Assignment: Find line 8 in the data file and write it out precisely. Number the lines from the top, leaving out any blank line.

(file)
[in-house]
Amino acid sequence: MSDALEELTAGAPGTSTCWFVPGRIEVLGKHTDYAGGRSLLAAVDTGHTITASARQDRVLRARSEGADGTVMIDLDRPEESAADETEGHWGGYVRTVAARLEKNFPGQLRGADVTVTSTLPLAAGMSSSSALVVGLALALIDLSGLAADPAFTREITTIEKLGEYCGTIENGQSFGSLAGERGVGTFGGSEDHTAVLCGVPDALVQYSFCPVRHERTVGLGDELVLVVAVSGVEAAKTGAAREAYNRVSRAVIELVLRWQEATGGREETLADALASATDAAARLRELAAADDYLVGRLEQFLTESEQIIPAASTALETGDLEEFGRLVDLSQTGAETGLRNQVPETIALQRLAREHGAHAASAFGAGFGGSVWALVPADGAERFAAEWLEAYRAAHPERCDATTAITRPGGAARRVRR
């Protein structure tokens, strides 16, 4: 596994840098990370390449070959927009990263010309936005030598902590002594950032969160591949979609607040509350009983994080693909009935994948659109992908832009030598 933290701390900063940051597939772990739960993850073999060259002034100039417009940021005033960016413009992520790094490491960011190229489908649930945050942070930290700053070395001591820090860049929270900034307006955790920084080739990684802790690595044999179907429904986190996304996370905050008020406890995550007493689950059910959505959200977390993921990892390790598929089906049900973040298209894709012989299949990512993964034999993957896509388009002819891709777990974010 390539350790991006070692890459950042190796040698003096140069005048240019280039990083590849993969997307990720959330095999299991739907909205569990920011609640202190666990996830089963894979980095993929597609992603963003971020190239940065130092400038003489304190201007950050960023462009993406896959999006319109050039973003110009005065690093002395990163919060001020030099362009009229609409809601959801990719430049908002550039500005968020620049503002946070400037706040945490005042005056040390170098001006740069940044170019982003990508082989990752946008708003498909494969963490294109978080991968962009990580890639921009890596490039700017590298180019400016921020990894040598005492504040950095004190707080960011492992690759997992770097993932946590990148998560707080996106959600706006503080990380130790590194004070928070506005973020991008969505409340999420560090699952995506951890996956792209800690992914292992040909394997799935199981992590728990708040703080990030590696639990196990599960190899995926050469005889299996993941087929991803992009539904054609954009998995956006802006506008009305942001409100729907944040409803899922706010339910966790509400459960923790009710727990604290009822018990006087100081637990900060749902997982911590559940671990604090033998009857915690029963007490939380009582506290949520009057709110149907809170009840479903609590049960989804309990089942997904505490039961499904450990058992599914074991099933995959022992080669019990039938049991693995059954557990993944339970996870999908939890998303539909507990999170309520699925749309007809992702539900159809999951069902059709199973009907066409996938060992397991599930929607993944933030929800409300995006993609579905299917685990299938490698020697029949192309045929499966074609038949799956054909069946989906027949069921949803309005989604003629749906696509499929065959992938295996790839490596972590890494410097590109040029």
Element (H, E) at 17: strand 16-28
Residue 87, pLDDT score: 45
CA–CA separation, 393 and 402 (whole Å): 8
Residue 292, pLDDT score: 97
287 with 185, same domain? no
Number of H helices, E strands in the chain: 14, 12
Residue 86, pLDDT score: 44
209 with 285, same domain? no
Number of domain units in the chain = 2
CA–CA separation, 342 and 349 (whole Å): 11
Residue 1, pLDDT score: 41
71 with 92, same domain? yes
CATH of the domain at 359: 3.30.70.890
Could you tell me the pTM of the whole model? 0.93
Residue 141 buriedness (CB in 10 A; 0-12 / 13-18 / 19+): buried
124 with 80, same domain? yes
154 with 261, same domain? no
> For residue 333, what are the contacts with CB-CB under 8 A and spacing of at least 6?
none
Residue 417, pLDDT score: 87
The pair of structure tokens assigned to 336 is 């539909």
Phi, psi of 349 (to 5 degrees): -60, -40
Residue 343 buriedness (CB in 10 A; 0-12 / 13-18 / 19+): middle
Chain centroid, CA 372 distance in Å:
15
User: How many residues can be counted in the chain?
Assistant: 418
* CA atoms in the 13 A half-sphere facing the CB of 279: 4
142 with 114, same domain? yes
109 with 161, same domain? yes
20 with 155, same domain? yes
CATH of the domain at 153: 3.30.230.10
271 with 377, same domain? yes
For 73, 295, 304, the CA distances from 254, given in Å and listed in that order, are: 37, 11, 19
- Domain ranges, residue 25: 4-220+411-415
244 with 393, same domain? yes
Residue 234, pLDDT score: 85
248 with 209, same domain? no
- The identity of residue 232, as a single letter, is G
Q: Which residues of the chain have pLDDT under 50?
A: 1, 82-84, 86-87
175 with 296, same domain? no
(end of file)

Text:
287 with 185, same domain? no